Goodyear and Michelin On Your Feet

January 16, 2006

Weíve long known that ingredient branding had legs, now its got shoes.

Two prominent tire companies have licensed out their brands as ingredient marks for sneakers. First Goodyear and Adidas partnered to create a series of driving shoes, prominently featuring the Goodyear ìWingfootî mark. Now Michelin offers their brand and some rubber technology to Babolat, a sporting goods company specializing in tennis equipment.

A look at each of these brands and what they give/get with a co-brand helps point to some of key issues brand partnerships can introduce.

Adidas:
Adidas does not need another brand to extend its presence in the sneaker market ñ even if it is a ìdriving shoeî and even if they can leverage Goodyearís automotive presence. With a brand built on performance, speed and German engineering, adding the Goodyear co-brand would seem to be unnecessary. As a novelty item, certainly nothing wrong in a partnership with Goodyear ñ but for the long-term, Adidas may compromise their ability to take the brand more aggressively into the automotive accessories space.

Goodyear:
For Goodyear, getting your brand into consumersí hands in innovative ways is a good thing. Onto their feet is a great way to do that. The ingredient mark presented in conjunction with a leading sneaker brand becomes a great vehicle to positively extend the brand and drive some additional revenue. Perhaps Goodyear on the soles of your feet will make you think twice about the brand with your next tire purchase. And, a successful extension here paves the way for additional consumer-facing applications.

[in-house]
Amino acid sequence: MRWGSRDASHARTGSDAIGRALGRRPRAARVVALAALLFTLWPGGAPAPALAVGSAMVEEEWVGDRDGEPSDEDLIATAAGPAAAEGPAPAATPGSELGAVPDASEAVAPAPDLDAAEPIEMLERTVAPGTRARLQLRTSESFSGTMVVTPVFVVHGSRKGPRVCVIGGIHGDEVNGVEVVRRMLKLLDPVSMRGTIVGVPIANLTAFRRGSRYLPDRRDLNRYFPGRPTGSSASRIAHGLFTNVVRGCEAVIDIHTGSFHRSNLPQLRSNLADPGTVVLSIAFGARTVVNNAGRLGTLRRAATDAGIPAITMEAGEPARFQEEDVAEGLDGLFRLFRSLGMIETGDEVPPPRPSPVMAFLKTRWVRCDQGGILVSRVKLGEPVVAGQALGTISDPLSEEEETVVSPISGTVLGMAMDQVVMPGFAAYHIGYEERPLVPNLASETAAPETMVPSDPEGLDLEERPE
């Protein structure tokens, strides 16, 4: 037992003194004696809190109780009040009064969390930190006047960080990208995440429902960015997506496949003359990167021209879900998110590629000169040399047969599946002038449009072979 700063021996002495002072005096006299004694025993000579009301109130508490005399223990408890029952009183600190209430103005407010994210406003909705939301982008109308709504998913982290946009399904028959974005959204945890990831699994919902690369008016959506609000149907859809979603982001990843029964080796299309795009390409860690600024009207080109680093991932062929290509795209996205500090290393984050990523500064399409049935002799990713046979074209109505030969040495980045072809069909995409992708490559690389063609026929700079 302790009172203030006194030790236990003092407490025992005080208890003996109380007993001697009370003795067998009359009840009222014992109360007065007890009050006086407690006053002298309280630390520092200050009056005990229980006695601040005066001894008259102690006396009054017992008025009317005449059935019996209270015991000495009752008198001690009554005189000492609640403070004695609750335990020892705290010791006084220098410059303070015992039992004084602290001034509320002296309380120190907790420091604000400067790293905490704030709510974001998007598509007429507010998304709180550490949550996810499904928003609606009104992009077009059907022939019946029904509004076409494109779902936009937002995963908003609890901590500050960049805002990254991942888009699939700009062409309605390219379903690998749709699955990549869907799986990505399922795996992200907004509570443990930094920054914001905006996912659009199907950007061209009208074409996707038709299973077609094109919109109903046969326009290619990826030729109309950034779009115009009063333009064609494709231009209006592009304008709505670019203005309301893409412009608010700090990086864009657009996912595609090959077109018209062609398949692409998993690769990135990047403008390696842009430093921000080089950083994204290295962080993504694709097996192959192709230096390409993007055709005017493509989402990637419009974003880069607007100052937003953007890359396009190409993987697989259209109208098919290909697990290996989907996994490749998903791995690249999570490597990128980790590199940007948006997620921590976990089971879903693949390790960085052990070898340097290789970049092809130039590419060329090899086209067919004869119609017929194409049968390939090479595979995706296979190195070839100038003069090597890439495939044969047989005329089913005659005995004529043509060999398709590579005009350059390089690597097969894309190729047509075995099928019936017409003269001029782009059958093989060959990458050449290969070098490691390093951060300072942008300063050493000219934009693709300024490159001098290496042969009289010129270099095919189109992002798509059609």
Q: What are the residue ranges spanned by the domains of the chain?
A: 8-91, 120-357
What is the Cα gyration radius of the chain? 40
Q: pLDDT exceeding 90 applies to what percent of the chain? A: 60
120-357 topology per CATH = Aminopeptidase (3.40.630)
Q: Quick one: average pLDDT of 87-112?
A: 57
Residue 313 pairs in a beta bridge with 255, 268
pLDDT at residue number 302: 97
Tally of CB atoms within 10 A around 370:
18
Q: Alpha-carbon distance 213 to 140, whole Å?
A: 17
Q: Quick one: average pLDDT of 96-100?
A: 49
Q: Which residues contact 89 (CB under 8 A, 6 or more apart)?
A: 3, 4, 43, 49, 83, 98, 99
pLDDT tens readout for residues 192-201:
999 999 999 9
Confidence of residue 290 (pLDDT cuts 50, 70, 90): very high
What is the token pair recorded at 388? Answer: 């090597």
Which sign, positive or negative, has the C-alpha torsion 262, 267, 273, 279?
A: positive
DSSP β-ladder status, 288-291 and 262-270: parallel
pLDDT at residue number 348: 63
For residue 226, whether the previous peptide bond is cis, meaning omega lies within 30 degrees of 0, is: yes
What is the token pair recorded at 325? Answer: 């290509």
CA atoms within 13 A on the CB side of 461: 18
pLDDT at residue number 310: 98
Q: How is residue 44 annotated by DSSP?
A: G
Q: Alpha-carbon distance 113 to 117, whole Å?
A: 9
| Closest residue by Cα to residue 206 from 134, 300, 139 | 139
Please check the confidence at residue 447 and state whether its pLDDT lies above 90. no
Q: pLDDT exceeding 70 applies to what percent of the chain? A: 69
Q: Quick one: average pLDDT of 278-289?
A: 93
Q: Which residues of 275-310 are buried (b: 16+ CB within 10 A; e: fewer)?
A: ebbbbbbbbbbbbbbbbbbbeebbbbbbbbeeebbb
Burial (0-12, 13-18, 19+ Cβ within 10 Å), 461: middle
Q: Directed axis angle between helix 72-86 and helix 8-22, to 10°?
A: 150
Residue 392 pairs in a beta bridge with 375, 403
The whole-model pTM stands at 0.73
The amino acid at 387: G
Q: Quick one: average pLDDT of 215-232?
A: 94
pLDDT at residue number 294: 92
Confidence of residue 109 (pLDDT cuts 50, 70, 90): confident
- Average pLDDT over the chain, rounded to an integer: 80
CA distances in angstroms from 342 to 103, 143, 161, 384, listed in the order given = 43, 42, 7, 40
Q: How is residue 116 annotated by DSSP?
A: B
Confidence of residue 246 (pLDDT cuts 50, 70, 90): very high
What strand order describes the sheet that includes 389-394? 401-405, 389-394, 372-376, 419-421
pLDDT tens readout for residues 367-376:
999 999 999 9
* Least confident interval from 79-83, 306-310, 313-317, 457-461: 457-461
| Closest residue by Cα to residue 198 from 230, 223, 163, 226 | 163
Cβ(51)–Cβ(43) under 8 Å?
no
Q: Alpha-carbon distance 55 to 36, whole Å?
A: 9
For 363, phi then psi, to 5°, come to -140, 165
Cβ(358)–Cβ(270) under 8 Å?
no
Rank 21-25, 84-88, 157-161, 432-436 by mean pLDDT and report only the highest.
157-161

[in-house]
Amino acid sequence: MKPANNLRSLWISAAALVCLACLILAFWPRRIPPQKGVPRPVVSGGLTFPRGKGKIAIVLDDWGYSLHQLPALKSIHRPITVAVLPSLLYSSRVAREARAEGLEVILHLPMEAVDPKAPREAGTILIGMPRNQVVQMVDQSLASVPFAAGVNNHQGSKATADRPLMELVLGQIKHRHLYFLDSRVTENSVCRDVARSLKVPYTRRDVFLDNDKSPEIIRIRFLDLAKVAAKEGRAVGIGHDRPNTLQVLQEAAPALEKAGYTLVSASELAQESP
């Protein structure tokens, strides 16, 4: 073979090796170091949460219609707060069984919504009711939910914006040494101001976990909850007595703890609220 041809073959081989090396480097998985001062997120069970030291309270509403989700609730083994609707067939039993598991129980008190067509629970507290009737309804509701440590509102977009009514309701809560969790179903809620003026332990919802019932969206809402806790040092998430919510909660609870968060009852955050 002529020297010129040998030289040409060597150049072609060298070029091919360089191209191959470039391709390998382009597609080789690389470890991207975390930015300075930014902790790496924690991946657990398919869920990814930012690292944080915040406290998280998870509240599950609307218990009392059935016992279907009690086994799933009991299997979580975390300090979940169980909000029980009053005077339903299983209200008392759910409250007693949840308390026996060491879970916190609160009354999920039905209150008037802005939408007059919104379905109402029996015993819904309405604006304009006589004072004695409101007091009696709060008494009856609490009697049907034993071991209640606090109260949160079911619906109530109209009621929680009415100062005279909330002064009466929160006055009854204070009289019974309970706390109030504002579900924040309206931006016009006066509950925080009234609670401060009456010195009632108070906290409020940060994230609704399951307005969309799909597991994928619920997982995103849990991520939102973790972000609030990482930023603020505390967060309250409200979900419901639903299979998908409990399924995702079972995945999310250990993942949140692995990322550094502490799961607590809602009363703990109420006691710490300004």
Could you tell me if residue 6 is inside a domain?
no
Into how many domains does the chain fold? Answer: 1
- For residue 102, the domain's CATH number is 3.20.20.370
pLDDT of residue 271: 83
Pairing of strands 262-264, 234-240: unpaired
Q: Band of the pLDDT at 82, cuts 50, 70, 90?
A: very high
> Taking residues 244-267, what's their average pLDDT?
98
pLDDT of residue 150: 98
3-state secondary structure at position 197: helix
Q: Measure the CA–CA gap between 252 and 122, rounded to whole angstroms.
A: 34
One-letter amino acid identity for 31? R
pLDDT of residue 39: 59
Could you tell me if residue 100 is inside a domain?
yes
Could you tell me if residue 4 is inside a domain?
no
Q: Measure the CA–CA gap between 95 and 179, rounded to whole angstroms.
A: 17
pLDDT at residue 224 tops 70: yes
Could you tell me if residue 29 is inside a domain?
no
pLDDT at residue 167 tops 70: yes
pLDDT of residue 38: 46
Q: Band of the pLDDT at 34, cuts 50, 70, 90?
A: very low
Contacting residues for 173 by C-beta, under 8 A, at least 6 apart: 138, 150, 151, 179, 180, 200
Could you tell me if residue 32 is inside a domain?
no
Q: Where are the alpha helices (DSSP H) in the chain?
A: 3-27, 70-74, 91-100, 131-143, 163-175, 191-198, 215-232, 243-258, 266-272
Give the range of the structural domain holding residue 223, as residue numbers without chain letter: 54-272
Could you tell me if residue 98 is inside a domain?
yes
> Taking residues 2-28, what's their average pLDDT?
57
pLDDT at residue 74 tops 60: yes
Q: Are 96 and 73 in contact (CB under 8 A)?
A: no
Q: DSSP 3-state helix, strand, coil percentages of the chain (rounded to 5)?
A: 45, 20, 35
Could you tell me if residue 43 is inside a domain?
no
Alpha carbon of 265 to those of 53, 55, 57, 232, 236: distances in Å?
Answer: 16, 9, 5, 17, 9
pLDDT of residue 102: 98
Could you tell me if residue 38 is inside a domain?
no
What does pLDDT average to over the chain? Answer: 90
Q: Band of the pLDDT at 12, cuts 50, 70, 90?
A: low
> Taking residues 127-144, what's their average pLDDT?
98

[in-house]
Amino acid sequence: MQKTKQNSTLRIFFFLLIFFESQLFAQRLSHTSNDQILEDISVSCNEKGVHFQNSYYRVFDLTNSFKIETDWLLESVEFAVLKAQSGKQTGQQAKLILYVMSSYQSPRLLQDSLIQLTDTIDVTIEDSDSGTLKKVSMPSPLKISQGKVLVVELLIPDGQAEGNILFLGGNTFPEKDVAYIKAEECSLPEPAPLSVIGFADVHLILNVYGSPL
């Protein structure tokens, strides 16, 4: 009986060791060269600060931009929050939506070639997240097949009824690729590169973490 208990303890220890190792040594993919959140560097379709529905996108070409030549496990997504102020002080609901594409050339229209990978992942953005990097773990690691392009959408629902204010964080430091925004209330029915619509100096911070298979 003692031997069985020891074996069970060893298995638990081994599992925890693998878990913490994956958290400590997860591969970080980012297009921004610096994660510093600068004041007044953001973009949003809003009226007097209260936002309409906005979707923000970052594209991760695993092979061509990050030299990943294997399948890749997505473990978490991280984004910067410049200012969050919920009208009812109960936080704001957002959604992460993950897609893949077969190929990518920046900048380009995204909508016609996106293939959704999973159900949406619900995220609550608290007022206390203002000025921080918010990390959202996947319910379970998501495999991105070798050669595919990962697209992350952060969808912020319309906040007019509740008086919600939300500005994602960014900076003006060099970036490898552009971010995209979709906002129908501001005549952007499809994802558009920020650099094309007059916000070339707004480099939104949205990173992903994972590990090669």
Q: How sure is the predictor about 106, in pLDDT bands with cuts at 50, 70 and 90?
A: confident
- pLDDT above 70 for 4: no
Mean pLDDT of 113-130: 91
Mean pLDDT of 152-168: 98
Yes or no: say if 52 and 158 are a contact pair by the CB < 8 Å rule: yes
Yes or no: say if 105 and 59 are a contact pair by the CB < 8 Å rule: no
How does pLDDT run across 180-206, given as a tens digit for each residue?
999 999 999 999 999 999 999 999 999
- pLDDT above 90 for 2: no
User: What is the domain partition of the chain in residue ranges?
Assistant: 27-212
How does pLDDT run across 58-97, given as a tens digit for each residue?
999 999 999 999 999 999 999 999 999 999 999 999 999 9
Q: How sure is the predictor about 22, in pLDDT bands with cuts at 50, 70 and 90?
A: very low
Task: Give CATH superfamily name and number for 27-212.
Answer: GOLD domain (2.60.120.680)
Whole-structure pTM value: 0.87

Babolat:
Very much a specialty brand in tennis with a number of pro sponsorships and a strong rep at the performance level in the sport. Shoes are the latest extension in sports equipment ñ and the goal, of course, would be to build a product that can successfully deliver on the high promise of the brand. Other strong tennis brands like Prince and Yonex have their own shoes, so Babolat seemed to need an entry here, too. Unfortunately, the Michelin partnership (and use of the Michelin mark) leverages the shared French DNA more than any performance aspect particular to shoes. The extra visibility that a Michelin co-brand may create certainly couldnít hurt. And it may be enough to differentiate from the other tennis brand competitors. Yet Babolat as an ingredient to an Adidas or to a brand like Converse could have been a very interesting (and bold) alternative strategy.

Michelin:
Some of the same positive effects as Goodyear here - but with a significantly less established player. Michelin does seem to be a bit more interested in touting the innovative consumer applications of its products ñ more so than the industrially focused Goodyear. But if they really thought about it, Babolat couldnít have been their first choice for a shoe partner. I donít see how partnering with a minor player in shoes advances any agenda they might have here. The only way this deal may make sense for Michelin is if it is non-exclusive, enabling them to truly develop an ingredient brand in the shoe category by developing similar deals with other manufacturers.

Presumably some of the dollars changing hands among the respective brands and their consumers can offer some indication of success. Yet, from my seat on the sidelines, the only clear winner I see here is Goodyear.

- Jonathan Paisner jpaisner@corebrand.com

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